It goes without saying that any business or entrepreneur involved with B2B products or services should take phone calls most seriously. This is the precious time and attention of your clients, so no mistakes should be made and no time should be wasted. This is why you must learn to avoid common mistakes.
Stages of Call Prep
All in all, before making a call, you should:
- prepare a client for the call;
- prepare yourself of your team for the call;
- make a “call before call”;
- introduce a call.
Calling up a client – what you need to know?
First and foremost, you need to try to anticipate the client’s expectations about the call and prepare them for a productive conversation. Since only you know what this is about from the beginning, you need to provide clients with prior context. In general, you need to be on the same page from the get-go.
Inviting a client to the call in advance, you can settle with such specifics as:
- purpose of the call;
- how you see the call-up;
- how much time it will take;
- date and time of the call.
You can also provide any essential information that you think a client should know before discussing what you need to discuss.
You can invite a client to the call in several ways:
You’re making an invitation poorly if you don’t explain the purpose, context, and plan of the call-up, for instance:
“Hi! We need to have a call in an hour.”
To make it easier on the client, you should start with the goal of the call and a polite question:
We have an offer we’d like to discuss. When would it be convenient for you to have a call if you’re interested?”
Make it as informative as possible. Mention how much time the call will approximately take and specify the most convenient call-up time.
We have an offer that should interest you. If you’d like to discuss it, we can have a 5-minute long video call-up where we can tell you all about our project, its budget, team responsibilities, and prospects. Can we have a call tomorrow? If yes, what time will be convenient for you? Or maybe some other day?”
Once the call is arranged and scheduled, you should prepare well for it. Improvisation during the call can have unknown results, so you need to plan everything ahead.
You must consider all the details and ask questions to avoid gaps in the expertise you offer. Write down all the questions you need to clarify so you don’t miss anything. Many people rely on their memory, but you can easily miss some important information. On top of that, questions prepared in advance will help avoid unnecessary pauses during the conversation.
Have a good presentation
Work on the presentation of your offer for your client to approve. You must be prepared for the client to challenge your decisions. It is worth making sure that the presentation answers all possible questions the client should have. Take notes to yourself so that you won’t miss any crucial info.
Working on a presentation:
- schematize the distribution of project responsibilities and value all the underlying work;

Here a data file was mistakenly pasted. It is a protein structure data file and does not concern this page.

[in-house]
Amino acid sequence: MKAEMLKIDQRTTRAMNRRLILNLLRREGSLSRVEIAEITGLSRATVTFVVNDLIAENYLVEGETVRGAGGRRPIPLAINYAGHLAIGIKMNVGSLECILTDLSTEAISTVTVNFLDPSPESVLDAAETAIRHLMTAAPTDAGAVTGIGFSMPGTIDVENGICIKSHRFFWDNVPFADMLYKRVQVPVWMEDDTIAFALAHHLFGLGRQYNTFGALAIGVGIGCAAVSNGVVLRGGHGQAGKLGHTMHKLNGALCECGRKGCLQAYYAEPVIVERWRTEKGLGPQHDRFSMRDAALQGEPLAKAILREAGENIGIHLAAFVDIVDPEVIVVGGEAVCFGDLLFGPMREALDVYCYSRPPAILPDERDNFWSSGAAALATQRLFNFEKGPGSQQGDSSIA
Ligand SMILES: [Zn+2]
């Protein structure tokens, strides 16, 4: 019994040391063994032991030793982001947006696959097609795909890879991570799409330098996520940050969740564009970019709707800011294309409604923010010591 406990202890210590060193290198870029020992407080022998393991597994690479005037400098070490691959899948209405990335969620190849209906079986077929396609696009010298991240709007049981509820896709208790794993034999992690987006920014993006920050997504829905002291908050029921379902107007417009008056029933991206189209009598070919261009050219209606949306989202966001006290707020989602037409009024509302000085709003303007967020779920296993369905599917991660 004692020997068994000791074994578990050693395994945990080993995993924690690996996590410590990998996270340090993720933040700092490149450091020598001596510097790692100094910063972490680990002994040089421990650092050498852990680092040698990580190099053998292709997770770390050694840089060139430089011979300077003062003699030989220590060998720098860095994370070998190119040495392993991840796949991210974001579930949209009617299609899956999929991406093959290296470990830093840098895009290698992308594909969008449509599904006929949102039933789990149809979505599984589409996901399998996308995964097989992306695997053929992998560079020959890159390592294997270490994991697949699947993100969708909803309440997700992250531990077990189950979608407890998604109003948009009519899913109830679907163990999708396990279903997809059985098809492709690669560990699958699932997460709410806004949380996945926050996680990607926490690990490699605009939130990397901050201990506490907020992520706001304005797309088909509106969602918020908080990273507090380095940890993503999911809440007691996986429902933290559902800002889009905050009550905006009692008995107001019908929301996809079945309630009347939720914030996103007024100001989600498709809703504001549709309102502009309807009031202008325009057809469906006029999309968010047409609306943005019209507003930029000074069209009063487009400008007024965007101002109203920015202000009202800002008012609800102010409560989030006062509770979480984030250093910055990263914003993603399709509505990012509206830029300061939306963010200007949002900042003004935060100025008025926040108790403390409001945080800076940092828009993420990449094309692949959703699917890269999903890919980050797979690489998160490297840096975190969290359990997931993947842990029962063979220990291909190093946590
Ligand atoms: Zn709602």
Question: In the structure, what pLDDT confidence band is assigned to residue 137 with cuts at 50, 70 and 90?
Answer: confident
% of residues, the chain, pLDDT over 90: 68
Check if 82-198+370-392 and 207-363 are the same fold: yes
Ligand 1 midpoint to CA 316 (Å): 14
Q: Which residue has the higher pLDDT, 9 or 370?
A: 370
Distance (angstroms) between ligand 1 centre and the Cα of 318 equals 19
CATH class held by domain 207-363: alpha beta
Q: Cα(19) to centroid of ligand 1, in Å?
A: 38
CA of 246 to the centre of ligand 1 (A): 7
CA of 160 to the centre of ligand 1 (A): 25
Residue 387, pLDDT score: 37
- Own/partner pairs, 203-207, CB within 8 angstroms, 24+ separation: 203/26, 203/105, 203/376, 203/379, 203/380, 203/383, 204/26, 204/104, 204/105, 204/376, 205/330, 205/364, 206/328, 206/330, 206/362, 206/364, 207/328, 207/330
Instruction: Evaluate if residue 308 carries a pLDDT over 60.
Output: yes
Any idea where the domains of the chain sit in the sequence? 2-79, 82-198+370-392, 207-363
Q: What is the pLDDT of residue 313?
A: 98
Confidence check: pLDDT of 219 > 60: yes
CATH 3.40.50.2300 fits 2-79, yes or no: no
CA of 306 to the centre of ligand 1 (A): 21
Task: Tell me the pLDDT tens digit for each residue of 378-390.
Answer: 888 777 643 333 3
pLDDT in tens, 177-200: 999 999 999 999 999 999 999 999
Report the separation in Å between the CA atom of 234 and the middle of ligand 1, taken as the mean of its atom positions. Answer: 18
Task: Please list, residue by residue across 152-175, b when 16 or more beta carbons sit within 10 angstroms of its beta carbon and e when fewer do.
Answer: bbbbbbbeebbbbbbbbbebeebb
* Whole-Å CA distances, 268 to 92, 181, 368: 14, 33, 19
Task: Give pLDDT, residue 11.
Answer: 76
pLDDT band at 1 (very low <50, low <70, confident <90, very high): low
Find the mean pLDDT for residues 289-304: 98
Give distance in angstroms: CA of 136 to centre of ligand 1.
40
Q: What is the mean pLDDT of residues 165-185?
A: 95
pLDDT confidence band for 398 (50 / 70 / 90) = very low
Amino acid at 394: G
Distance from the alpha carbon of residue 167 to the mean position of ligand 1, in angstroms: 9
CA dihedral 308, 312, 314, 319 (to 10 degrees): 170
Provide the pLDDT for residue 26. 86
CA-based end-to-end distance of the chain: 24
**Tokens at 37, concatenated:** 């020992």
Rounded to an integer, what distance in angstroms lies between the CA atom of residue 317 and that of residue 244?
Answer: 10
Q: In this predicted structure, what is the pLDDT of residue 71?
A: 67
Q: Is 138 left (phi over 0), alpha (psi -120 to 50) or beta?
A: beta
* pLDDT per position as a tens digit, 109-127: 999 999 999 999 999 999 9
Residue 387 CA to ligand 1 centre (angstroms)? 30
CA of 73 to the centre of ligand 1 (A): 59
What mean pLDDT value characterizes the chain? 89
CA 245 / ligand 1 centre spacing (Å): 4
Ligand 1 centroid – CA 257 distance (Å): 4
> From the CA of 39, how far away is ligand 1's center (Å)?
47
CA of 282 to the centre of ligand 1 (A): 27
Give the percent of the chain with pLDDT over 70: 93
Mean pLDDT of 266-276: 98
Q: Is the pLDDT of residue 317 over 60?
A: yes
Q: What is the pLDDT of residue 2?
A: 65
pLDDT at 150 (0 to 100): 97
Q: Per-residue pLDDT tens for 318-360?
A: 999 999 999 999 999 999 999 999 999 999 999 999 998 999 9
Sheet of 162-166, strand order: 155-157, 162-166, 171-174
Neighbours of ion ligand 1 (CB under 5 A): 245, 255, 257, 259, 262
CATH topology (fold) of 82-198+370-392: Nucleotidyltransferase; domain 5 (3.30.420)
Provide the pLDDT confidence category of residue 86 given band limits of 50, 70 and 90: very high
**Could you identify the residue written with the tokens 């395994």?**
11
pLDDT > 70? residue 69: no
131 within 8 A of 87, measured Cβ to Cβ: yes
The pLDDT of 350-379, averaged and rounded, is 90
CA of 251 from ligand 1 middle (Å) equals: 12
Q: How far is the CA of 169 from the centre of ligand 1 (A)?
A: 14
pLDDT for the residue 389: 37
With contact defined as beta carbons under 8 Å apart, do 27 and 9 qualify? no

- demonstrate use cases or statistics;
- mention any necessary deadlines;
- offer your take on saving project time and budget;
- explain why your offer deserves attention over the others.
Call before call
If a whole team of specialists is making a call – everybody should stay in tune and work as one to make the call as smooth as possible. For this, there is a “call before call” technique used for synchronization before contact with a B2B client.
What you should do during the call before call?
- Assign a moderator. A moderator is an employee who will maintain the order of the conversation, invite the participants to speak, and help lead the conversation in the right direction.
- Distribute topics. Arrange who says what during the call so that any unnecessary pauses and interruptions are avoided. Agree on who speaks in what order as well.
- Make a soundcheck. Checking the sound beforehand will help you avoid possible time-consuming issues during the call
Such organizational moments will help you make calls fully prepared and make it clear to the client that they are dealing with professionals.
Introduction to the call
As you start a conversation, your goal should be to win over the client’s attention. Certainly, a lot depends on who you are talking to. There are usually a few things you need to adhere to when opening a conversation:
- ask how the client is doing;
- summarize the purpose of the call and how long it should take;
- introduce your team (if it is a conference with multiple participants).
You may easily boost your chances of closing a deal or arranging a successful project if you are well prepared for a call with your client.
To summarize, make sure to follow these simple guidelines when making B2B calls:
- Try to put yourself in the client’s shoes when preparing for a call, think what might really interest them;
- Don’t rely on your memory alone, put down your questions and theses in advance;
- Try to clarify points that should interest a client before they ask questions;
- Make a “call before call” to be on the same page with other participants of the call;
- Prepare a client for the call with some essential information.